12 Provide interdisciplinary/ interprofessional education and training opportunities to medical and other health professional students, and practicing health professionals. Develop partnerships with community-based, academic, and healthcare workforce entities that promote interdisciplinary approaches to primary care. (c)(1)(D) (c)(1)(F) Total # of rotation or training sites offering interdisciplinary/ interprofessional education. # of disciplines participating in interdisciplinary /interprofessional education or training. % of rotation sites offering IPE located in rural areas. # of interdisciplinary/ interprofessional CE offerings. Increased number of rotation or training sites offering interdisciplinary/ interprofessional education and/or training. Increased number of interdisciplinary/ interprofessional CE offerings. Increased number of community-based, academic, and healthcare workforce partnerships promoting interdisciplinary approaches to primary care. Increased number of health professions program graduates that are trained in interdisciplinary/ interprofessional education. Increased number of practicing health professionals that receive interdisciplinary /interprofessional CE. Increased number of health professionals integrating interdisciplinary/ interprofessional education into clinical practice. Increased number of interdisciplinary teams delivering primary care, including in rural/underserved areas. K EY S TRATEGIES O UTPUTS S HORT -T ERM O UTCOMES I NTERMEDIATE O UTCOMES L ONG -T ERM O UTCOMES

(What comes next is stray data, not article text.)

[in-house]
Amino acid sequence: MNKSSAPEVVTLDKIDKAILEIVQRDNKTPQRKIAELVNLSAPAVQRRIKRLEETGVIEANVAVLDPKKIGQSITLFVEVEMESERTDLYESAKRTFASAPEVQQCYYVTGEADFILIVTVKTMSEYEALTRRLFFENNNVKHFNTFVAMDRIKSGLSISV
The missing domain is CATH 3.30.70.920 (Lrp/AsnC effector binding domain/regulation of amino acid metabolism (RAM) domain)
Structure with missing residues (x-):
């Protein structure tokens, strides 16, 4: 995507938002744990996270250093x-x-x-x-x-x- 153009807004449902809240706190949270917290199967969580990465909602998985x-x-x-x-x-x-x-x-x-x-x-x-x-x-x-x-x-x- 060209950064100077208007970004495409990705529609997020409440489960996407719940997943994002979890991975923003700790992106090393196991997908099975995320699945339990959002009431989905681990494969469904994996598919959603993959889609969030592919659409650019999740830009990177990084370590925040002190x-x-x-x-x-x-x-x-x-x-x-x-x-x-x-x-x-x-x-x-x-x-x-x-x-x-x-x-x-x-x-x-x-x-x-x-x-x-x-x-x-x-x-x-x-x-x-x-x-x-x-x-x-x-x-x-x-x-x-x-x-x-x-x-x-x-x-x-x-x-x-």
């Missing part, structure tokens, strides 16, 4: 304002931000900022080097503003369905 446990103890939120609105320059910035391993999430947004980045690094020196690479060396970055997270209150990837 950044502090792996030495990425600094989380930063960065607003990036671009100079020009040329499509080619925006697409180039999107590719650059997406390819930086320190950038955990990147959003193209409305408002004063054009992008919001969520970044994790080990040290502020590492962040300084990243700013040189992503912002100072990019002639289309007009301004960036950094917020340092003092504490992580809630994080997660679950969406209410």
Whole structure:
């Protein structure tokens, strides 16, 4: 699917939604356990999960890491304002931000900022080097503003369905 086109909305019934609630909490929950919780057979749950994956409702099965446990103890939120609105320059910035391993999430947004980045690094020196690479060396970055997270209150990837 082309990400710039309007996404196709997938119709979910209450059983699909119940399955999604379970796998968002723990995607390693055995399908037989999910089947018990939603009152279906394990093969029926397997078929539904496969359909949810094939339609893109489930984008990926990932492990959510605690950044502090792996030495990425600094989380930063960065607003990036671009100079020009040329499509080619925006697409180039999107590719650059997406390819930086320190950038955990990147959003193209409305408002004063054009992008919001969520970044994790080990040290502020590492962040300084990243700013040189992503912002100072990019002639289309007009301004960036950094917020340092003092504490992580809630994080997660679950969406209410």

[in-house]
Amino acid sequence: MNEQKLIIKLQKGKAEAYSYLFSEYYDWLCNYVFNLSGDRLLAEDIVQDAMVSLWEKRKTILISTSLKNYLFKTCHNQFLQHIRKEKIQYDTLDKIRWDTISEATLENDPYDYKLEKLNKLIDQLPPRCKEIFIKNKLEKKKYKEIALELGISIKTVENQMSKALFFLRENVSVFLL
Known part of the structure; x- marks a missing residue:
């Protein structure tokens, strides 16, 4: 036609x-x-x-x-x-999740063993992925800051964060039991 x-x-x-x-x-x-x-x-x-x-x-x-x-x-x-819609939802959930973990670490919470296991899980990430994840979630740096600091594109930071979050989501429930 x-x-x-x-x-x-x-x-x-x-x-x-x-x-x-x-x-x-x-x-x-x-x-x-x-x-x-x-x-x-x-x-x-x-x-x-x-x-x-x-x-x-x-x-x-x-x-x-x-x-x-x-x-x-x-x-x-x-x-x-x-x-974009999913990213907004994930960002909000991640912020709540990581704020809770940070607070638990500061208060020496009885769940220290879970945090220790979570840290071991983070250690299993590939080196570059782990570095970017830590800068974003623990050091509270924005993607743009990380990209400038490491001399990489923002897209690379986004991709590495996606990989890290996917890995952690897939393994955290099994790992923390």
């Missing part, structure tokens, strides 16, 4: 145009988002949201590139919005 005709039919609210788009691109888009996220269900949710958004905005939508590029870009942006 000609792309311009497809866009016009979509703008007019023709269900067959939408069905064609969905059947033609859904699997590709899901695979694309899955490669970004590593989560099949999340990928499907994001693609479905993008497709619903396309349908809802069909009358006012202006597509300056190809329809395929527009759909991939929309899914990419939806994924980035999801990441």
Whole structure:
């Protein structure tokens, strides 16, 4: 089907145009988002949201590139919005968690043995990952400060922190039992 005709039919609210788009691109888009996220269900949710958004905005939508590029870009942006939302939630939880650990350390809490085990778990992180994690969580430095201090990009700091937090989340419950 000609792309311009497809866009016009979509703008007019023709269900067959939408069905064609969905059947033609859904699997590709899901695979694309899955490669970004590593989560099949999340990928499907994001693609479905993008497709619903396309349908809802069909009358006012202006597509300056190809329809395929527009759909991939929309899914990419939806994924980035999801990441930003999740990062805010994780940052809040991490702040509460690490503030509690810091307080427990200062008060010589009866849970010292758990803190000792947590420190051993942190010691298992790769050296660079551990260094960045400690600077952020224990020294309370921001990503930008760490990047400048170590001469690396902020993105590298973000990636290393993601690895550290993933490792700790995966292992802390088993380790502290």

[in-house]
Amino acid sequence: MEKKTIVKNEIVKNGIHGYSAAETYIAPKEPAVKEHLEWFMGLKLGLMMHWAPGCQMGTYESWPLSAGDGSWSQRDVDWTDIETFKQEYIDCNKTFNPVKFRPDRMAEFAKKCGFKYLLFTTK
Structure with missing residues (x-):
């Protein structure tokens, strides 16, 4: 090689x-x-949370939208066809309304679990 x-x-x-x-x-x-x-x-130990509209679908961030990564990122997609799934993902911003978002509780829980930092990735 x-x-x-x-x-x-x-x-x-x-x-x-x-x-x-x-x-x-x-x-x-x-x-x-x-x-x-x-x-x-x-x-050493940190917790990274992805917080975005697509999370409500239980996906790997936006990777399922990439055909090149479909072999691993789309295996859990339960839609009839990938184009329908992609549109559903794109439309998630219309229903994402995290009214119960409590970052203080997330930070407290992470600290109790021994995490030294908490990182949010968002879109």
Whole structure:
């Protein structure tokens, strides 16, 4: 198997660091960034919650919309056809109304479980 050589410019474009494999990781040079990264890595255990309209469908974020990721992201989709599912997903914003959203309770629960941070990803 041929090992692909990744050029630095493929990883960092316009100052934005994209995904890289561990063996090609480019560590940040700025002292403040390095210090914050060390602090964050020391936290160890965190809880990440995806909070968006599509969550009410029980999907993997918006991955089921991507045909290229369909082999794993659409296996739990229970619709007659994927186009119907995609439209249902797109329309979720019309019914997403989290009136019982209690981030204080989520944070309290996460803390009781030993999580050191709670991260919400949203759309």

13 Breakout Groups Best means to describe program activities and outcomes What is missing? Categorize major elements Brief summary report-out

14 Get to Work!